We have Occupy Wall Street to thank for the already grating tendency among pundits to sort the American people by percentages. The possibilities for such categorization are endless. There are, of course, the 1 percent of Americans who make more than $516,000 a year and the 99 percent who do not. But there are also the 21 percent of Americans who identify as liberal and the
79 percent who do not; the 28 percent of Americans who hold an undergraduate degree or higher and the
72 percent who do not; the less than
1 percent of the population that watches the O’Reilly Factor on a given night and the more than 99 percent that does not; and the 39 percent of Americans who attend religious services on a weekly basis and the 61 percent who do not.
One could go on.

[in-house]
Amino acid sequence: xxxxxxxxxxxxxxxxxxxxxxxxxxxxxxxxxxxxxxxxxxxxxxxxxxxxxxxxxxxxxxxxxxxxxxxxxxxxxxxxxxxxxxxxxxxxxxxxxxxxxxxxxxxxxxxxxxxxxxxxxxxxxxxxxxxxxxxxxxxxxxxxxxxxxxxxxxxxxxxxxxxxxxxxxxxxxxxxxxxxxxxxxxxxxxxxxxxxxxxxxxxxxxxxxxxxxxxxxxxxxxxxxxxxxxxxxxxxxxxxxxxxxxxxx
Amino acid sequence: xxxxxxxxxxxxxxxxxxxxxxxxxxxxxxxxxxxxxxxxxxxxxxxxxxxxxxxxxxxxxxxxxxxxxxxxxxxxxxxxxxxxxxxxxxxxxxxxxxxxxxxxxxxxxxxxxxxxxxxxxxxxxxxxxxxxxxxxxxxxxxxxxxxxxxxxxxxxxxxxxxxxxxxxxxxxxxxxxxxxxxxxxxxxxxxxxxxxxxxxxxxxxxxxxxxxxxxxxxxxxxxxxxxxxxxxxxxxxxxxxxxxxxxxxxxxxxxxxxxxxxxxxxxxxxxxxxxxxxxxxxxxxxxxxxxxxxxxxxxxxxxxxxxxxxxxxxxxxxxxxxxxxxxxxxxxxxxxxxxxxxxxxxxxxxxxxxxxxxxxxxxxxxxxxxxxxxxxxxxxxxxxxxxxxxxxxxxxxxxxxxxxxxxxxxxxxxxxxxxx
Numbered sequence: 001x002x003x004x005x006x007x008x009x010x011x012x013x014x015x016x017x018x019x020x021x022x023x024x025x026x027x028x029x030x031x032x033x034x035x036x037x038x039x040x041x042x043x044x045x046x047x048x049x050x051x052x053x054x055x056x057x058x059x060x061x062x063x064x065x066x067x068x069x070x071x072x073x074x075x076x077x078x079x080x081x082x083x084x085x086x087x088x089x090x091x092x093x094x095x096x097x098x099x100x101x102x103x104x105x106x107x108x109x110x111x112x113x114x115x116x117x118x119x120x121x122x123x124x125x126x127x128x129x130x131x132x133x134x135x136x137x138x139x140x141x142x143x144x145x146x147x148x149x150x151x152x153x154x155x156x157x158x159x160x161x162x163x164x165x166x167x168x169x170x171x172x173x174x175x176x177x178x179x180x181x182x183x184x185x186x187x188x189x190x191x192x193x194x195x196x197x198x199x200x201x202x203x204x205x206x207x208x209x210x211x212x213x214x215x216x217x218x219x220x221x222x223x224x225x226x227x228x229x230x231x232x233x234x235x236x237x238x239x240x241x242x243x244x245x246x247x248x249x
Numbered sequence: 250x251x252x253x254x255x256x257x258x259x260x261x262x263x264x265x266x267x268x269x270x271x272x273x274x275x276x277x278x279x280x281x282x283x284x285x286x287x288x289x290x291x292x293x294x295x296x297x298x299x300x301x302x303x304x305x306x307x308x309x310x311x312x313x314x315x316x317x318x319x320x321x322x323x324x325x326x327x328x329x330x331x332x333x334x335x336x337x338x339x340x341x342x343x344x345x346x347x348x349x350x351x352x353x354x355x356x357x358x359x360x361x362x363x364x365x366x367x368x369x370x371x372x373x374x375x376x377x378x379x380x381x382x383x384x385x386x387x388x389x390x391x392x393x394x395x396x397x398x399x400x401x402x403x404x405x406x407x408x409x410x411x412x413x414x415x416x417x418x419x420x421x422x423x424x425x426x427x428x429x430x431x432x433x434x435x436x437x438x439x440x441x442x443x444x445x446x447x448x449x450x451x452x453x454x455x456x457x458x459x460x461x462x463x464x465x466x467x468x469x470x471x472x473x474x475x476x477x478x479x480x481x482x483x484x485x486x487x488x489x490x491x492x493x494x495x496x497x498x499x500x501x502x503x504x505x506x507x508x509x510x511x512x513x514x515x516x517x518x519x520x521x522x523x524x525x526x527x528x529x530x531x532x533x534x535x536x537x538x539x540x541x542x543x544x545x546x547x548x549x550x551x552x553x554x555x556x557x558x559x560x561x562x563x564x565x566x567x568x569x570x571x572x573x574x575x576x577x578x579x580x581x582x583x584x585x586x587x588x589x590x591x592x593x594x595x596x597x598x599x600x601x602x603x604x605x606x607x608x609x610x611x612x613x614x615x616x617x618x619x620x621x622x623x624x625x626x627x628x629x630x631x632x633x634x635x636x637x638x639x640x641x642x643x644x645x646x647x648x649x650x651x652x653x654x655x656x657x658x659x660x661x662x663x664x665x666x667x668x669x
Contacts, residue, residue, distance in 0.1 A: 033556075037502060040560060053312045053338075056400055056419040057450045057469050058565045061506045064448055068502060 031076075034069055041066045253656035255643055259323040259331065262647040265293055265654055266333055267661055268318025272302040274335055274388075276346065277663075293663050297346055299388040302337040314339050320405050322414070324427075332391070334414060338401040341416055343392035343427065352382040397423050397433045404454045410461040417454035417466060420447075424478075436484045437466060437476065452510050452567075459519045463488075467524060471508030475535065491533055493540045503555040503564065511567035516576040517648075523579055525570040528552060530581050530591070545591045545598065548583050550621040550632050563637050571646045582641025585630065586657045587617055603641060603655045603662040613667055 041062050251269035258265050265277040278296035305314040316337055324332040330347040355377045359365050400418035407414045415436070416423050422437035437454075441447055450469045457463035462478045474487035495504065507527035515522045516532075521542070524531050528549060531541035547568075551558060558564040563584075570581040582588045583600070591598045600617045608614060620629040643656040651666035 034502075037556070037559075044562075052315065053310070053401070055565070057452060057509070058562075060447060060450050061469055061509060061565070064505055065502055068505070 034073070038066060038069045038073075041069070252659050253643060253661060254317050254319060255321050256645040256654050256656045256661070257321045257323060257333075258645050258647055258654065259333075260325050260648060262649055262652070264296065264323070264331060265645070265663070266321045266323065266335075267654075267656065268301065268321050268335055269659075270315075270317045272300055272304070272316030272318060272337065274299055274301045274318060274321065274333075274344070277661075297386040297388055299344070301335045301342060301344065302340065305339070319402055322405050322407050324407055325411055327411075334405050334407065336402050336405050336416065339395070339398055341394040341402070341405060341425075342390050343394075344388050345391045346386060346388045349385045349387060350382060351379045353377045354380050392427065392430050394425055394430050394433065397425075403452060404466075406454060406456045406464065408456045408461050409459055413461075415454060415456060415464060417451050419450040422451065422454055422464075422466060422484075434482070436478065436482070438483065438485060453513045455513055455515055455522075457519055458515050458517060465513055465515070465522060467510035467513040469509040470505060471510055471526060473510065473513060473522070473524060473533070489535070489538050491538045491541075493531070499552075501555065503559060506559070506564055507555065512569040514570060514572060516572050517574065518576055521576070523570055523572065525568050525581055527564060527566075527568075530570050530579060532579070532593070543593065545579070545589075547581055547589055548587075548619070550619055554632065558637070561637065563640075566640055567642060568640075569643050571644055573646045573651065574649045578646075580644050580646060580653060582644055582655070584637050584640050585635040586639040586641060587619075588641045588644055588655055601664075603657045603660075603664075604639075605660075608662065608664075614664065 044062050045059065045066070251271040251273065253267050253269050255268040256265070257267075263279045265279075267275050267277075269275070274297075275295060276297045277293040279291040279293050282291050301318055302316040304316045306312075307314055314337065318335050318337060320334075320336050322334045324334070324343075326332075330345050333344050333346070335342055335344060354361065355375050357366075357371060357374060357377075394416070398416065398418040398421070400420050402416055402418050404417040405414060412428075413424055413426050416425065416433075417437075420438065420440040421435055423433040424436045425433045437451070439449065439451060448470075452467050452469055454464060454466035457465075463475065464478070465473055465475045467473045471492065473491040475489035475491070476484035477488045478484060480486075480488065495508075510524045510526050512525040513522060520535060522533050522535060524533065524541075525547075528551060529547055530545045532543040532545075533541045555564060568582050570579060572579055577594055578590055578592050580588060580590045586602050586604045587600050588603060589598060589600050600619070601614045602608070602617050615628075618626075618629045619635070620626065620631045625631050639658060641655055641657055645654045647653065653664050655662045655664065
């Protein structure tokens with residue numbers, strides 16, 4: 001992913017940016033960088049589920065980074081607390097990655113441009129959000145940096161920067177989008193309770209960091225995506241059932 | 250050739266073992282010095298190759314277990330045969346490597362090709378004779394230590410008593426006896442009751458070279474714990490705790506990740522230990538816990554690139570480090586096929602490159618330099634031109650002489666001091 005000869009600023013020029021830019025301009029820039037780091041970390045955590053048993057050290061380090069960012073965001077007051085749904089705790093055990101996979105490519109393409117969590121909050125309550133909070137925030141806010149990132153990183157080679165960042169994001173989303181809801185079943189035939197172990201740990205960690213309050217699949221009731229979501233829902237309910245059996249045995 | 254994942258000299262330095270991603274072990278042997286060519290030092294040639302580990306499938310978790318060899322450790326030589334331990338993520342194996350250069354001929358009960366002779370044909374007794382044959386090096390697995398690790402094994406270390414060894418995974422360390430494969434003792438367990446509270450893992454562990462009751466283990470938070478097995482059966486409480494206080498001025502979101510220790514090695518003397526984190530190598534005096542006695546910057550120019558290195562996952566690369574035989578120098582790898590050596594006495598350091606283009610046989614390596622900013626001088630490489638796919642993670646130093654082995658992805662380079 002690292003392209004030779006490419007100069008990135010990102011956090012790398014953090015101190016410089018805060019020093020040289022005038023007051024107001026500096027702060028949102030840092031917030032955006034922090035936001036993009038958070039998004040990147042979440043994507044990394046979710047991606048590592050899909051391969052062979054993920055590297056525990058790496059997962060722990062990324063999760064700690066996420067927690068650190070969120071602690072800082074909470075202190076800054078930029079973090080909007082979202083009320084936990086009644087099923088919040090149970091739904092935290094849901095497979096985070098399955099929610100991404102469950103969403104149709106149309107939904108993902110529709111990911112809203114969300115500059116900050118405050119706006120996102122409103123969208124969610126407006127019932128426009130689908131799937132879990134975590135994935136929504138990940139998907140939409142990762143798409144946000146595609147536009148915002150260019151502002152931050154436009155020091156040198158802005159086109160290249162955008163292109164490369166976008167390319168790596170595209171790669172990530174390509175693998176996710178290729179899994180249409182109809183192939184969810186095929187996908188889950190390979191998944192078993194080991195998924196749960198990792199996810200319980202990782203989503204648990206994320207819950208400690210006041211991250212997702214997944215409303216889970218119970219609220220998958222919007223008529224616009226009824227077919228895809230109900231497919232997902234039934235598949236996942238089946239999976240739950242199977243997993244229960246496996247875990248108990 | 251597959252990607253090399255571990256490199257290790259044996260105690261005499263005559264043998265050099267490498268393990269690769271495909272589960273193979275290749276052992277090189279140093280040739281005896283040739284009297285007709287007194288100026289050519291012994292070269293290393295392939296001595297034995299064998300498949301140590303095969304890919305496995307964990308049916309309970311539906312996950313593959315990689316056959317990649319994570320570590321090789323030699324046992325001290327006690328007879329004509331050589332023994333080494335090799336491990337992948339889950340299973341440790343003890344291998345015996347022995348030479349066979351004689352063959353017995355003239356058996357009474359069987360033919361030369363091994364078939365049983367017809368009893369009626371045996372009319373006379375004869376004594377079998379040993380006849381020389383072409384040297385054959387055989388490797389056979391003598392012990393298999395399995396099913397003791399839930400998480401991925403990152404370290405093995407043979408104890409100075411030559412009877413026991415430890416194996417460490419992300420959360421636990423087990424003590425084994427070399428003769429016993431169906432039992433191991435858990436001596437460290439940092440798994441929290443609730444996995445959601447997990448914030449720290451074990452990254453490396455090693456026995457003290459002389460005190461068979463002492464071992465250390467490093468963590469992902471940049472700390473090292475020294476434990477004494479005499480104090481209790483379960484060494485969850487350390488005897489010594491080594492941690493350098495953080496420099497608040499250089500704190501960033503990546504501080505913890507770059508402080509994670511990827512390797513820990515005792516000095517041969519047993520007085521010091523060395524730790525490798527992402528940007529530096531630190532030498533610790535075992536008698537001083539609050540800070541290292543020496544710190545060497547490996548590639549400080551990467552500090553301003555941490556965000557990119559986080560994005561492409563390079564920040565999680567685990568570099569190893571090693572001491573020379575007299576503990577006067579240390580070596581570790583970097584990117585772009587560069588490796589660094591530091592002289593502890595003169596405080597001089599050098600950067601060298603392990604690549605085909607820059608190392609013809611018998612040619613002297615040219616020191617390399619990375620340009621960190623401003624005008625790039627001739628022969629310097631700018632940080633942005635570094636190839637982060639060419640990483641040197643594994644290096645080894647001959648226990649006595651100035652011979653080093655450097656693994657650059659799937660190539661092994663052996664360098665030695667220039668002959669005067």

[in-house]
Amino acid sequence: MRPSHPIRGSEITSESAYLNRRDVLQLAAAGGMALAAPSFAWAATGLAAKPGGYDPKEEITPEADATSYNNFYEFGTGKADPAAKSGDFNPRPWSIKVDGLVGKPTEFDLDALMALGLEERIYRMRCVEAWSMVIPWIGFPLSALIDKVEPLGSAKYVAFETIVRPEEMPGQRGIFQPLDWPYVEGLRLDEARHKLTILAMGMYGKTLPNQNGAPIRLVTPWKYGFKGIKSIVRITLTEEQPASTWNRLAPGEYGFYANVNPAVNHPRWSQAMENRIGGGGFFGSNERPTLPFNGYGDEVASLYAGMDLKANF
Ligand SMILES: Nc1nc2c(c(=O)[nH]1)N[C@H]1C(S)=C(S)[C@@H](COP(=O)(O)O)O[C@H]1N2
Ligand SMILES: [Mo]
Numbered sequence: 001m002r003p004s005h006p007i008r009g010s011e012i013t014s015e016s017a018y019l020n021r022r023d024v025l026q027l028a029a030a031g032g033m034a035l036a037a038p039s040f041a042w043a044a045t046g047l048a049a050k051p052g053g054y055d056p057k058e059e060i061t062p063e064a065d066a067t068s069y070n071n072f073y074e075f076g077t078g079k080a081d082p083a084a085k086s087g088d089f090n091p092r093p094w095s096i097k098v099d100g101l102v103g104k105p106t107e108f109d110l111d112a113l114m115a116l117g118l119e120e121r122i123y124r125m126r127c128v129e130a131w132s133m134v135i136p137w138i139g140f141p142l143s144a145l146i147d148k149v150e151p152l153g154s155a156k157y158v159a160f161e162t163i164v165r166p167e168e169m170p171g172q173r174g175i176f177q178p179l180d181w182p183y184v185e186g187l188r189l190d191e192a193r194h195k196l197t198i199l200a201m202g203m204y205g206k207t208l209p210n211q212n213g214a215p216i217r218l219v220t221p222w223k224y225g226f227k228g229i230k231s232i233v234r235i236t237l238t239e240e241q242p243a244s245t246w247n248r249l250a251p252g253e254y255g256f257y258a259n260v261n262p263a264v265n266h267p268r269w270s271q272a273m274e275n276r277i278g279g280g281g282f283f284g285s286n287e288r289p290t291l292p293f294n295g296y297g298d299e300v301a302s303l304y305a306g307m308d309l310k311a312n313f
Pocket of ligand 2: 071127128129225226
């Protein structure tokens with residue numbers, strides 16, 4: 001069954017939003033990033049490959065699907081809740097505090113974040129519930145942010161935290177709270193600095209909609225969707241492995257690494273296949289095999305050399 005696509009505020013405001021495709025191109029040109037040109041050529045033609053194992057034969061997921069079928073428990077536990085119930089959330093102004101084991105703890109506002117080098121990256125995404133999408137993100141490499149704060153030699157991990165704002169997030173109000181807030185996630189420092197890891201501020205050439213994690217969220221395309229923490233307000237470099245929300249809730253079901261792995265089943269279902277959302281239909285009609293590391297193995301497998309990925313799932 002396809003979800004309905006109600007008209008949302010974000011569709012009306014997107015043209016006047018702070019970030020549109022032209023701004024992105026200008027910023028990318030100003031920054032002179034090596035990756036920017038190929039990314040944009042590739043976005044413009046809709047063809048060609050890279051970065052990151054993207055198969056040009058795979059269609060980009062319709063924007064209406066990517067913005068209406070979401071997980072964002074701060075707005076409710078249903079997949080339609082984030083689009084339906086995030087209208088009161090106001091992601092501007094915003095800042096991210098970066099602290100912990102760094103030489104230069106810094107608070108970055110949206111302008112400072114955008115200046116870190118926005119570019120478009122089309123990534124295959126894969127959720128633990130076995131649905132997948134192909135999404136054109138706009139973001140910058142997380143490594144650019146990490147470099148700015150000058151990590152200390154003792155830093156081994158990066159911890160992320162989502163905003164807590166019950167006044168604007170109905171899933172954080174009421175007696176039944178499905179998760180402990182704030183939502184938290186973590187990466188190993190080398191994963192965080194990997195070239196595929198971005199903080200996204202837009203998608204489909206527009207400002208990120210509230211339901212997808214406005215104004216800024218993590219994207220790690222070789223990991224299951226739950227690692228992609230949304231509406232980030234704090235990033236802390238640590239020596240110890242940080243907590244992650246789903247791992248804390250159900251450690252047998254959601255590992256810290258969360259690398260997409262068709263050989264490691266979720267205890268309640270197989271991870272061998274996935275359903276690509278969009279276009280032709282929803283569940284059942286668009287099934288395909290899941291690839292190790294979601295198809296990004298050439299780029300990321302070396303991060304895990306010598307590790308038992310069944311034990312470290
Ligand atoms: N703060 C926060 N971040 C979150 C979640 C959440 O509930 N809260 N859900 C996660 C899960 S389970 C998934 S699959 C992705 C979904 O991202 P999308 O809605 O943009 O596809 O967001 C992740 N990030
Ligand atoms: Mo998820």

And one could add to the list of divisions the 10 to 20 percent of Americans who are active, committed partisans and the 80 to 90 percent who are inactive, uncommitted, independent, and generally moderate and flexible in their views. These rough estimates come from the Stanford political scientist Morris Fiorina, who in a series of books has argued (seemingly in vain) that the American people are not nearly as politically divided and “polarized” as talk-show hosts and newspaper columnists have made them out to be. The empirical data seem to back him up. As the authors of Unconventional Wisdom: Facts and Myths About American Voters put it in 2008: “On most things political, Americans hold a broad and largely moderate consensus.” It is only when you enter the ranks of the actively partisan—the bumper-sticker owners, sign holders, precinct canvassers, phone bankers, partisan-media-consumers, small- and high-end donors, and bloggers—that you see major differences on social, economic, and diplomatic affairs.